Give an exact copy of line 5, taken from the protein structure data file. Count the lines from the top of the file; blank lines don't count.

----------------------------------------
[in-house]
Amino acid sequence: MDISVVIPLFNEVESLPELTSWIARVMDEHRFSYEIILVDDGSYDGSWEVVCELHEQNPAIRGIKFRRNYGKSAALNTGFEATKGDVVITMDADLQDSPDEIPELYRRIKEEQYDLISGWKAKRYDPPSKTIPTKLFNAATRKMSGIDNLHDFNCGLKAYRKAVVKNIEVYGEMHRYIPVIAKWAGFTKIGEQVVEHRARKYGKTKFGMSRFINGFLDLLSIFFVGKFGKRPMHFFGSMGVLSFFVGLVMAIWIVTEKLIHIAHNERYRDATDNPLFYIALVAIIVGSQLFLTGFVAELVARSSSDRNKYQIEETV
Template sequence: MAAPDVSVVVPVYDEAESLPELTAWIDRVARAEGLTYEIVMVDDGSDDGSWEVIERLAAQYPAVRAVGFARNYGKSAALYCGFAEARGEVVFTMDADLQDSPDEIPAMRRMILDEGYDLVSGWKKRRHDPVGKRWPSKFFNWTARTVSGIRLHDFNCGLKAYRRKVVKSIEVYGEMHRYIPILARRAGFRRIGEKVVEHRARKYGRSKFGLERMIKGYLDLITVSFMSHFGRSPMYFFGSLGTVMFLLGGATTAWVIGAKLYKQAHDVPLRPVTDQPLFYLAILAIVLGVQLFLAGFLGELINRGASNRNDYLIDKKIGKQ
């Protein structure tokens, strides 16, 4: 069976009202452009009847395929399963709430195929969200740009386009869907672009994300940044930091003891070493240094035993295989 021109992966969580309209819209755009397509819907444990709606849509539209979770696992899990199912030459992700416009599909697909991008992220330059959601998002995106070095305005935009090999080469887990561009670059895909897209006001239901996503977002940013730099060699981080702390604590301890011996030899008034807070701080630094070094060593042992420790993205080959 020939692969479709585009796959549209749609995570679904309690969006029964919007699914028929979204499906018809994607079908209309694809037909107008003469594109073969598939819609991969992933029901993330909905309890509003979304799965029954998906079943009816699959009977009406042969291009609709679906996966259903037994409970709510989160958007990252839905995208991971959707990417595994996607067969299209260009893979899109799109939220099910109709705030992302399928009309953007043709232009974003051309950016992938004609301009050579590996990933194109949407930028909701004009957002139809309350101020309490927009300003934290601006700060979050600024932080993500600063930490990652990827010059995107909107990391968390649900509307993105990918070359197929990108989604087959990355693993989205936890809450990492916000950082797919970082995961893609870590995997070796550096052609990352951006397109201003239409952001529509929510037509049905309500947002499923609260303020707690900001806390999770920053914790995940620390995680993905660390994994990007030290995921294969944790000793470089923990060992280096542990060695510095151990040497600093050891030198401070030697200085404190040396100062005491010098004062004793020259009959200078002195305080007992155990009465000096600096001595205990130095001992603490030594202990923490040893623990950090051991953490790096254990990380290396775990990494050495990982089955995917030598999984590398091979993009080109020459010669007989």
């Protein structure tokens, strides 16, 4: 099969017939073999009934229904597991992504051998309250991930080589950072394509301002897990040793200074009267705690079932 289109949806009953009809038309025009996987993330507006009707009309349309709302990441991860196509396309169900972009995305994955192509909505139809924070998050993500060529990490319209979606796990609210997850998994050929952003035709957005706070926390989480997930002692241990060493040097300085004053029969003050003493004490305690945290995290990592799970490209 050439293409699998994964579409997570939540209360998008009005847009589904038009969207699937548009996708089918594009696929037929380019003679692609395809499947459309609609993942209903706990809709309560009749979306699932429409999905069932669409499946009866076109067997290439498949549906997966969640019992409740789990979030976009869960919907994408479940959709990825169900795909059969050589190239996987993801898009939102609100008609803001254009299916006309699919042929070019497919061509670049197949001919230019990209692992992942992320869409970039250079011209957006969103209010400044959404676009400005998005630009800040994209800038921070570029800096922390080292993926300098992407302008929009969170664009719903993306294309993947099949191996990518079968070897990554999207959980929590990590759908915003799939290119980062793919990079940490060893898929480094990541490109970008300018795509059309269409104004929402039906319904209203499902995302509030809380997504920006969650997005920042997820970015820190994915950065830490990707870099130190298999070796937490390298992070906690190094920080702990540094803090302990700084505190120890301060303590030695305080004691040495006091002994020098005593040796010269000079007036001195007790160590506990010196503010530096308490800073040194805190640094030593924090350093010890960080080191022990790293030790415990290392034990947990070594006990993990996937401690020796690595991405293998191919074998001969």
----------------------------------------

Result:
């Protein structure tokens, strides 16, 4: 099969017939073999009934229904597991992504051998309250991930080589950072394509301002897990040793200074009267705690079932 289109949806009953009809038309025009996987993330507006009707009309349309709302990441991860196509396309169900972009995305994955192509909505139809924070998050993500060529990490319209979606796990609210997850998994050929952003035709957005706070926390989480997930002692241990060493040097300085004053029969003050003493004490305690945290995290990592799970490209 050439293409699998994964579409997570939540209360998008009005847009589904038009969207699937548009996708089918594009696929037929380019003679692609395809499947459309609609993942209903706990809709309560009749979306699932429409999905069932669409499946009866076109067997290439498949549906997966969640019992409740789990979030976009869960919907994408479940959709990825169900795909059969050589190239996987993801898009939102609100008609803001254009299916006309699919042929070019497919061509670049197949001919230019990209692992992942992320869409970039250079011209957006969103209010400044959404676009400005998005630009800040994209800038921070570029800096922390080292993926300098992407302008929009969170664009719903993306294309993947099949191996990518079968070897990554999207959980929590990590759908915003799939290119980062793919990079940490060893898929480094990541490109970008300018795509059309269409104004929402039906319904209203499902995302509030809380997504920006969650997005920042997820970015820190994915950065830490990707870099130190298999070796937490390298992070906690190094920080702990540094803090302990700084505190120890301060303590030695305080004691040495006091002994020098005593040796010269000079007036001195007790160590506990010196503010530096308490800073040194805190640094030593924090350093010890960080080191022990790293030790415990290392034990947990070594006990993990996937401690020796690595991405293998191919074998001969």